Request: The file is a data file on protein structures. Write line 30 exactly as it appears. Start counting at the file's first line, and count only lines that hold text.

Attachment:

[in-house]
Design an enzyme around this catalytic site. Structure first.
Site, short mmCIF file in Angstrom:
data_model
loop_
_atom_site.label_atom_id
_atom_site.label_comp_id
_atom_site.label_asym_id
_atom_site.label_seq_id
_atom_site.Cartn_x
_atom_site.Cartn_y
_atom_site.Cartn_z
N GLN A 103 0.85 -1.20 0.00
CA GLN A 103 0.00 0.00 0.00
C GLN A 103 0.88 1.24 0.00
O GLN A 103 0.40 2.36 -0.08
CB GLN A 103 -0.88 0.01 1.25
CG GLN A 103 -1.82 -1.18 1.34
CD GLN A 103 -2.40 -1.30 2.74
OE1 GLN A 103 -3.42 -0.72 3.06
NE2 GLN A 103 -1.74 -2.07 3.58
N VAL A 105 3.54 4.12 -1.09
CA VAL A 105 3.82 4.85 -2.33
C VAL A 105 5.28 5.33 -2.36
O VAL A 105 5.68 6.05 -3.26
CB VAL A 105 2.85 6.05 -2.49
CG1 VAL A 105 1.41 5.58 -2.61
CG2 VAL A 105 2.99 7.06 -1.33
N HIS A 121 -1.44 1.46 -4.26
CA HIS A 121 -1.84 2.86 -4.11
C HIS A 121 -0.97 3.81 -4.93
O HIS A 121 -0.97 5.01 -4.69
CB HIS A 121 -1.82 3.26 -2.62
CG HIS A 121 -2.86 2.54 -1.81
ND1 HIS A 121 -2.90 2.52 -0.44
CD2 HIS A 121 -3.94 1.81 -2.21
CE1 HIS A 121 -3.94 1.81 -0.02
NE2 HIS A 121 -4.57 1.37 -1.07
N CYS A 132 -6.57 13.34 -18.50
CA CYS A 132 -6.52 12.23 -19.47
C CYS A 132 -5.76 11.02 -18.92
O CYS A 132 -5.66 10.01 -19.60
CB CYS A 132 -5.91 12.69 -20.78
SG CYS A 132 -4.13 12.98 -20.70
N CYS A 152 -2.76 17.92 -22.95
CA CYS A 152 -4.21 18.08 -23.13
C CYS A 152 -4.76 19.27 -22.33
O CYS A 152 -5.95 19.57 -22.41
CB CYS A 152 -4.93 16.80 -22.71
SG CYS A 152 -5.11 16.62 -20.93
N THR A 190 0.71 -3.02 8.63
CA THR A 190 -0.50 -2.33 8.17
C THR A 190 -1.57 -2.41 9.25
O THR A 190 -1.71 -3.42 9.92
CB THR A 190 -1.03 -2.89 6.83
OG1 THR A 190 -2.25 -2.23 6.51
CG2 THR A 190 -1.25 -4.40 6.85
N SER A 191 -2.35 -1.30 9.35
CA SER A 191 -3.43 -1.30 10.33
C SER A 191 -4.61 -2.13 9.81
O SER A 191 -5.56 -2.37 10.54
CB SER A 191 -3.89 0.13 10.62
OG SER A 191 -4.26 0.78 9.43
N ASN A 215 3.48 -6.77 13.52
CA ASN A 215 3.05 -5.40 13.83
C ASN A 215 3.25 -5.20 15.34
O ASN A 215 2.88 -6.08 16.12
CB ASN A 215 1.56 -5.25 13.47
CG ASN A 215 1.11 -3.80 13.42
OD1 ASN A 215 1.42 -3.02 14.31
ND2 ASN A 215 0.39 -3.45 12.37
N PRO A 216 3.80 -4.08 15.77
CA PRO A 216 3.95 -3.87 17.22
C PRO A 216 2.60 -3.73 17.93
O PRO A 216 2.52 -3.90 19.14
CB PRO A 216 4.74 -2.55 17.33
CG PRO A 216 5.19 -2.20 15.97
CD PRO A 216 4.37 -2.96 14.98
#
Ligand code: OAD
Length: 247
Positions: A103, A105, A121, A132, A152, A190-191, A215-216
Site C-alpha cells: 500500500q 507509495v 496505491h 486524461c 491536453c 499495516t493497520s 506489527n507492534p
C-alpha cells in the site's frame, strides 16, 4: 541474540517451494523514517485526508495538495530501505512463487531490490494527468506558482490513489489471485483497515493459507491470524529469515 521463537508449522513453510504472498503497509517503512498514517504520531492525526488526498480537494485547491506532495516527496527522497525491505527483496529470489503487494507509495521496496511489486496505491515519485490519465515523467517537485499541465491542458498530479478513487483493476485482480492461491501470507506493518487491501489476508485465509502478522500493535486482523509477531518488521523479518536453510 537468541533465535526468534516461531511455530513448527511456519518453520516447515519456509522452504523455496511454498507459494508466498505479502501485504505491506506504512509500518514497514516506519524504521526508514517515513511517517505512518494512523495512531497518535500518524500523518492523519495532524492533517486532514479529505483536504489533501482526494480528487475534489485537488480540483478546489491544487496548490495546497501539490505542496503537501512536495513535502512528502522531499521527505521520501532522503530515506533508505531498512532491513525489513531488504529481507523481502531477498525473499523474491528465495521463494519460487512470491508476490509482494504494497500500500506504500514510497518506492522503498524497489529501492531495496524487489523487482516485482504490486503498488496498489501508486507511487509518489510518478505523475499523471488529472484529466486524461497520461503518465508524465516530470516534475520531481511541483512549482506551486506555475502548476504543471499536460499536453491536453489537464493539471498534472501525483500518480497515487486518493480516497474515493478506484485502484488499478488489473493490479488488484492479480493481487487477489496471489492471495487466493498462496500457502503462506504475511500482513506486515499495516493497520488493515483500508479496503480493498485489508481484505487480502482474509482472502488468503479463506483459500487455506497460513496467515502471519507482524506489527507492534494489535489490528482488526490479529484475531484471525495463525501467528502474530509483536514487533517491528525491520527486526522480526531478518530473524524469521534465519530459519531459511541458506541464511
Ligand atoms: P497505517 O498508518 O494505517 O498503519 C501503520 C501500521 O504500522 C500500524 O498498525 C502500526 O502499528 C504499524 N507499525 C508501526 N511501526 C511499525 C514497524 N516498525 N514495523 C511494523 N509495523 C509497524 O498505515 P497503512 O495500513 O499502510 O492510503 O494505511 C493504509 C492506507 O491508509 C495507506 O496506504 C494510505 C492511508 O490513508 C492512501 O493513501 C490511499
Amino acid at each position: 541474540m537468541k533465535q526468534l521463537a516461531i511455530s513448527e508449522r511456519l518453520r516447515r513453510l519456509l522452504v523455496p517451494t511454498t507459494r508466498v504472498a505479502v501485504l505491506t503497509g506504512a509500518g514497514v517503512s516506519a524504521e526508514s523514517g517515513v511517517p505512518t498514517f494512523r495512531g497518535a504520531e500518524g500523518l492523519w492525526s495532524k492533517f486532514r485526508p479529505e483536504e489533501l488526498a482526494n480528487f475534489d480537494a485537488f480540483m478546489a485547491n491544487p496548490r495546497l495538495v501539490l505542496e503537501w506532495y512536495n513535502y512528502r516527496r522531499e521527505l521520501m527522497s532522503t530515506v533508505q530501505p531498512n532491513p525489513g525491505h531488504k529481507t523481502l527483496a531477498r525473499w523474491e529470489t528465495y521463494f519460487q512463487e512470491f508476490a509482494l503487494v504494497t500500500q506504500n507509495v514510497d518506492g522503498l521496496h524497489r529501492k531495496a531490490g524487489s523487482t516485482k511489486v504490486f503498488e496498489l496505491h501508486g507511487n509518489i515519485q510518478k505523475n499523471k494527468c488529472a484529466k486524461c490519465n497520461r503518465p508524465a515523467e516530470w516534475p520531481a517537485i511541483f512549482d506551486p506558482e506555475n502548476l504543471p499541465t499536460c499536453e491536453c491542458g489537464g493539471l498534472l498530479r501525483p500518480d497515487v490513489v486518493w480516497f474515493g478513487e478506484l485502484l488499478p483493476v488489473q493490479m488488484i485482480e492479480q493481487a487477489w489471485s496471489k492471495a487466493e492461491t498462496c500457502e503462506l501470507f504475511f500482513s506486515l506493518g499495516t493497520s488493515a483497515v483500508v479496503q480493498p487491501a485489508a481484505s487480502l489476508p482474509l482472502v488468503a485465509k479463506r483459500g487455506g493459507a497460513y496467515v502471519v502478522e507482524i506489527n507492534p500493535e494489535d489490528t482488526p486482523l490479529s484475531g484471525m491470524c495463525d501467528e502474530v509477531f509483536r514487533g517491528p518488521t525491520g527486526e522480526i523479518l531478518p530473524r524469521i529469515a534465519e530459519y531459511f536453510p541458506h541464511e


CA HIS A 121 -1.84 2.86 -4.11